As a mom of two young adults, I never thought Internet safety would affect my family. We had always been cautious with what they played and viewed on their phones and electronics but I was so wrong!
In this day and age of high tech, most kids have a Nintendo™, PlayStation™, tablet, laptop computer, or smart phone. But do they know how to be cyber safe with them? I thought mine did.
I recently found videos on my 20-year-old son’s phone that were shocking—he swears he didn’t download them. My son is on the autism spectrum and does not fully understand what has been sent to his phone or how or when to delete it.
It is reported every year that thousands of children and young adults become victims of cyber abuse and do not realize it until it’s too late.
Cyber abuse can be anything from being bullied through Instagram, web chats, Facebook, Twitter, texting, or emails, to receiving pictures (regular and animated) that are graphic in nature or pornographic. Many times this can leave our kids open for unwanted contact from older people or not so nice friends.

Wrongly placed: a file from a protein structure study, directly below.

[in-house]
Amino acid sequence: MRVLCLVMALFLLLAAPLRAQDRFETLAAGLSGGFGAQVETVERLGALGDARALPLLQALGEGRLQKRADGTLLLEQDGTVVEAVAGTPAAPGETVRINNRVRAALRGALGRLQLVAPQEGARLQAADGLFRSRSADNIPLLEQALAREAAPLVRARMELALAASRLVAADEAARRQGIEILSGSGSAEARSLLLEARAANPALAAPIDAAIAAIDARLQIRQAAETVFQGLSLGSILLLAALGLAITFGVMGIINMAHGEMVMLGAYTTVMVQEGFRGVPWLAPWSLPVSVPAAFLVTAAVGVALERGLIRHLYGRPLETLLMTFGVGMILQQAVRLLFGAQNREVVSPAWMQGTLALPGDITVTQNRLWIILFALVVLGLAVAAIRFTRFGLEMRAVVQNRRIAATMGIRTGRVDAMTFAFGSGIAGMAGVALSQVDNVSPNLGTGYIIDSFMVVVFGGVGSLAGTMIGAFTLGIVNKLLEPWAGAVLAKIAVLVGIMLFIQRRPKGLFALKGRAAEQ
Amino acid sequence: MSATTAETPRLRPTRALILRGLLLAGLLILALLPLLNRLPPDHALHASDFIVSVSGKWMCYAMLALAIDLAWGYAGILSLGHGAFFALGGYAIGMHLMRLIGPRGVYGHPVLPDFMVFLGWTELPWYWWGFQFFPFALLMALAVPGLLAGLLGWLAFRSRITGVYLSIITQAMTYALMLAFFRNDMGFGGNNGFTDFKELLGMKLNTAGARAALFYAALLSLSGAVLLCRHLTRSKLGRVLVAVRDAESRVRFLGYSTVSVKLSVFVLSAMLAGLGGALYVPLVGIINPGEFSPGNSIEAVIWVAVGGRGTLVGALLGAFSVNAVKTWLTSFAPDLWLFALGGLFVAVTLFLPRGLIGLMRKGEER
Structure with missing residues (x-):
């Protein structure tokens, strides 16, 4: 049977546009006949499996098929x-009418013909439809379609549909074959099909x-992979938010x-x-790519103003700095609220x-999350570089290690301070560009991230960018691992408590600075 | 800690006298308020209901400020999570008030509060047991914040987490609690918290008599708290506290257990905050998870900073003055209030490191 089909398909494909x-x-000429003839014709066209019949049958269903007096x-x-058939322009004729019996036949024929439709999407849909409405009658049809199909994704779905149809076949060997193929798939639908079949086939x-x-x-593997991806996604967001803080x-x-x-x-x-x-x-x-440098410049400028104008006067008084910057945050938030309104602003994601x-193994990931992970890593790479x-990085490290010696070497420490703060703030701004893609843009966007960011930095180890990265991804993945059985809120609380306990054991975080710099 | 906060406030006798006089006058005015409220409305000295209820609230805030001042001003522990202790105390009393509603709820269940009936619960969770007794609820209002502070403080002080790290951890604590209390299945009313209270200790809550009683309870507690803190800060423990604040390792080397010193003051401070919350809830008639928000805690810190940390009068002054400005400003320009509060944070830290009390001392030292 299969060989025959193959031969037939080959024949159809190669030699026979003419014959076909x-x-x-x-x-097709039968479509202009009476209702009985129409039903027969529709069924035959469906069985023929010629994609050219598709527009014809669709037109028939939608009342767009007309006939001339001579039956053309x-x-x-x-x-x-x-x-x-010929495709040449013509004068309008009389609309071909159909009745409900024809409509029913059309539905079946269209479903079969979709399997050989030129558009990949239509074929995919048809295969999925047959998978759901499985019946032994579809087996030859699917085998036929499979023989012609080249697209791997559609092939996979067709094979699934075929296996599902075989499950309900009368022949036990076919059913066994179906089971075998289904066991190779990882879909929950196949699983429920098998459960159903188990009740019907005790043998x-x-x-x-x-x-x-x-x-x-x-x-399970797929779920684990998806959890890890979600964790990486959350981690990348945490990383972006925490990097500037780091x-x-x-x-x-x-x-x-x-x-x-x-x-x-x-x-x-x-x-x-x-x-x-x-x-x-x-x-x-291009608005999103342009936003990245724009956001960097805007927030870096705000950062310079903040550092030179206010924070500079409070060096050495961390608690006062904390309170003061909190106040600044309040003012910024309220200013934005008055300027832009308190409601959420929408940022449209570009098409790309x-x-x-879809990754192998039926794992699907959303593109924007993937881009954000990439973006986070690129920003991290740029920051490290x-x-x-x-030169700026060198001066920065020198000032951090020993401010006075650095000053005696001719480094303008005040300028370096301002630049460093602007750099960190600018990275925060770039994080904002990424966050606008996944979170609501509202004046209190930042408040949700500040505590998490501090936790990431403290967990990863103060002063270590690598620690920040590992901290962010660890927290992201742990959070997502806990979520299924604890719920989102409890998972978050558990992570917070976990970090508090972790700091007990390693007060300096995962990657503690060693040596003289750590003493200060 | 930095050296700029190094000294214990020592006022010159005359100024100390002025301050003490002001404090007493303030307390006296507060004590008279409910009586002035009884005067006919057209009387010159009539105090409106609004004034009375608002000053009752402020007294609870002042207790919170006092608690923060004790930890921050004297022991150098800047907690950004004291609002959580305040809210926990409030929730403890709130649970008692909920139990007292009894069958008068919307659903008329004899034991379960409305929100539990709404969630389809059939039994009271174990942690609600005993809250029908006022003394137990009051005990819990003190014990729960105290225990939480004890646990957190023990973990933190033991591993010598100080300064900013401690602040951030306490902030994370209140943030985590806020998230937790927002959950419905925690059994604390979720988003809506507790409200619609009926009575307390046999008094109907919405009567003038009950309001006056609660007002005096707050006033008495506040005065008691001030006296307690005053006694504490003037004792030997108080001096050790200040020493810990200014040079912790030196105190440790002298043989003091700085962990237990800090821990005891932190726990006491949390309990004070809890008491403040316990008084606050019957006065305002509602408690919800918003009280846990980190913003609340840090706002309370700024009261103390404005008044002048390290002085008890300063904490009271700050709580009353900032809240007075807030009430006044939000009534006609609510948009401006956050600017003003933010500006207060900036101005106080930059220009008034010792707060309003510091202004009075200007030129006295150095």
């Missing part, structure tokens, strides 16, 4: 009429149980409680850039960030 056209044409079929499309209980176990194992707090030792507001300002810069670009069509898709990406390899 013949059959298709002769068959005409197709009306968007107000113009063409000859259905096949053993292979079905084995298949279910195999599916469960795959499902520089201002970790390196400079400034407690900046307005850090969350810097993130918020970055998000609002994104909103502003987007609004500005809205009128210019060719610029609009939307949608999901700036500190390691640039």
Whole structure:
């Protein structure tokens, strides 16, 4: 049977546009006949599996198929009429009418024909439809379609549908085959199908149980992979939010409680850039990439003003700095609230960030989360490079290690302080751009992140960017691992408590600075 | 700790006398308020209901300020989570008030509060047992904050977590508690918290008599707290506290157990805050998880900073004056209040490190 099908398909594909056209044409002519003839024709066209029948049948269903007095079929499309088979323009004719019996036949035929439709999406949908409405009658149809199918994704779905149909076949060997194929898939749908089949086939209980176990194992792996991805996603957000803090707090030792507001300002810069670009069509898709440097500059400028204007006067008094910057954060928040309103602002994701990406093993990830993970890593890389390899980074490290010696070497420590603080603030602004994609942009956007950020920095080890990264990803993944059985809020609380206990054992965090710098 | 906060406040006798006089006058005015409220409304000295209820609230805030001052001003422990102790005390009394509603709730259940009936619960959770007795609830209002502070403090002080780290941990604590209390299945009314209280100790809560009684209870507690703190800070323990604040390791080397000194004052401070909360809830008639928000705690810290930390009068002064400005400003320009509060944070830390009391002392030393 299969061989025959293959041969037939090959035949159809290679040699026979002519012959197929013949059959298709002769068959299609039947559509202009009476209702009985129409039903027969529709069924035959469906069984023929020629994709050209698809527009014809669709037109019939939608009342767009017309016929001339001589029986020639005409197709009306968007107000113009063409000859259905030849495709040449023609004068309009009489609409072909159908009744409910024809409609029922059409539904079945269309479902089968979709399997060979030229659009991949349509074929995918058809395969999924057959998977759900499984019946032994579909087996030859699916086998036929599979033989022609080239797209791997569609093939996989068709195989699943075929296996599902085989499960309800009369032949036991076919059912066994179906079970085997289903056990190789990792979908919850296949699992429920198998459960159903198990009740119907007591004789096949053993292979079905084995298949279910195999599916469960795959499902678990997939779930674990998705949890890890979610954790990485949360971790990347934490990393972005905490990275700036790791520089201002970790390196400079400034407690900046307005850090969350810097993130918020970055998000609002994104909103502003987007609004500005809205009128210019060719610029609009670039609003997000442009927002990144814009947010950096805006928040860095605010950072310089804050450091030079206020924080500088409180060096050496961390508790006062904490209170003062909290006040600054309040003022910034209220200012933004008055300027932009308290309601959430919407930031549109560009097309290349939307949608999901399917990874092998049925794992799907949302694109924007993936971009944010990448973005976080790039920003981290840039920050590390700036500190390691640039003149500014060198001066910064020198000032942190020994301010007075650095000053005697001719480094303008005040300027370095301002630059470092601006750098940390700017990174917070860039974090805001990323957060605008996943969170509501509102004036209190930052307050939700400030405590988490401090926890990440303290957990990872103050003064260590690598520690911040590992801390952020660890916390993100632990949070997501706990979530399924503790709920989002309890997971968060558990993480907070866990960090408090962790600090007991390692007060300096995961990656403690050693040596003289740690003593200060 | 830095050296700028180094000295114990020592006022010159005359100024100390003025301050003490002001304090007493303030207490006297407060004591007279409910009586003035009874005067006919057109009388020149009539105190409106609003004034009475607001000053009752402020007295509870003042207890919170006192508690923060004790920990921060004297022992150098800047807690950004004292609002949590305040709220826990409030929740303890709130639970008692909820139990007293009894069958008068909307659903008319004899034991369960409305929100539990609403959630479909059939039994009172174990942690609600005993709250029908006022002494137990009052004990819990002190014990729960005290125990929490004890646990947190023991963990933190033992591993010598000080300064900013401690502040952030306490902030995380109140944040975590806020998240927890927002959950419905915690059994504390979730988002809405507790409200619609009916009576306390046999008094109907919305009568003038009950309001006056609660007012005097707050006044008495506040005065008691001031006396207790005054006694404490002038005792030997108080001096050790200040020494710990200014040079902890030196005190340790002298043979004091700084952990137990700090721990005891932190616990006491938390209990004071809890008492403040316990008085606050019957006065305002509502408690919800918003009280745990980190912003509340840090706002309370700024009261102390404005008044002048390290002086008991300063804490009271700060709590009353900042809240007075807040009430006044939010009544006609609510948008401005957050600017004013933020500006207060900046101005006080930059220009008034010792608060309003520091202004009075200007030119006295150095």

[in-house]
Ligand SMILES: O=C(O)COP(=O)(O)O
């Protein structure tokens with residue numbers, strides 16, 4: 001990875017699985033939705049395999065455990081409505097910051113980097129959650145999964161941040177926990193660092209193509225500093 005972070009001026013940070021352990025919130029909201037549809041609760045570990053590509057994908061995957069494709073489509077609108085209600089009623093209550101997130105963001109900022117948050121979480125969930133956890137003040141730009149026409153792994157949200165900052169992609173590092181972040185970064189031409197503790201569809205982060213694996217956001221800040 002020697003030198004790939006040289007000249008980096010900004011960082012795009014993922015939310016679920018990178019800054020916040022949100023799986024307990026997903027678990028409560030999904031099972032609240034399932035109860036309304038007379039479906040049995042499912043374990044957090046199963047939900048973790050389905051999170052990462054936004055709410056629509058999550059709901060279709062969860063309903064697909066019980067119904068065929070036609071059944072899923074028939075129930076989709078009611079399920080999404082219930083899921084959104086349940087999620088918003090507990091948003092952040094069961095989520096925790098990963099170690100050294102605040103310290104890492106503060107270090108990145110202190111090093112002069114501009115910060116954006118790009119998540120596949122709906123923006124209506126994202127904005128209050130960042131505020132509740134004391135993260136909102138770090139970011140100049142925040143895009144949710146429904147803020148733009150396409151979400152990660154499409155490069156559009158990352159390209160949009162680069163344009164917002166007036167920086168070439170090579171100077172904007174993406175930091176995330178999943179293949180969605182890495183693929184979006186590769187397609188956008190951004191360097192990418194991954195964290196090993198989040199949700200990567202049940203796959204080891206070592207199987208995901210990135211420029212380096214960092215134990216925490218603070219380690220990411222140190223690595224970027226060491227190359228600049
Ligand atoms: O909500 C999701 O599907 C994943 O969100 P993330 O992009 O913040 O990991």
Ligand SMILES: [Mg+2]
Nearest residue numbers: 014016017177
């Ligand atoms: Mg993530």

So what can you do to protect your child or young adult? The following are several ideas on cyber safety:
Most of all, explain the reason something is inappropriate or unsafe for them and how to get away from it.
Children and young adults with disabilities many times are unaware of the underlying danger that can await them. It’s our jobs as parents to prepare them. To learn more about what to do if your child is bullied, go to Bullying Children with Disabilities.
Emotional trauma. It's awful. It's painful. It's sad. It's a nightmare. I can handle physical disability. I understand that. But emotional disability? That's a whole other ballgame.
Categories: Family Support
I got to sit on a panel discussion for disability-related issues. In addition to another parent, there were three adults with a variety of disabilities who shared their experience on everything from doctors to their time in college.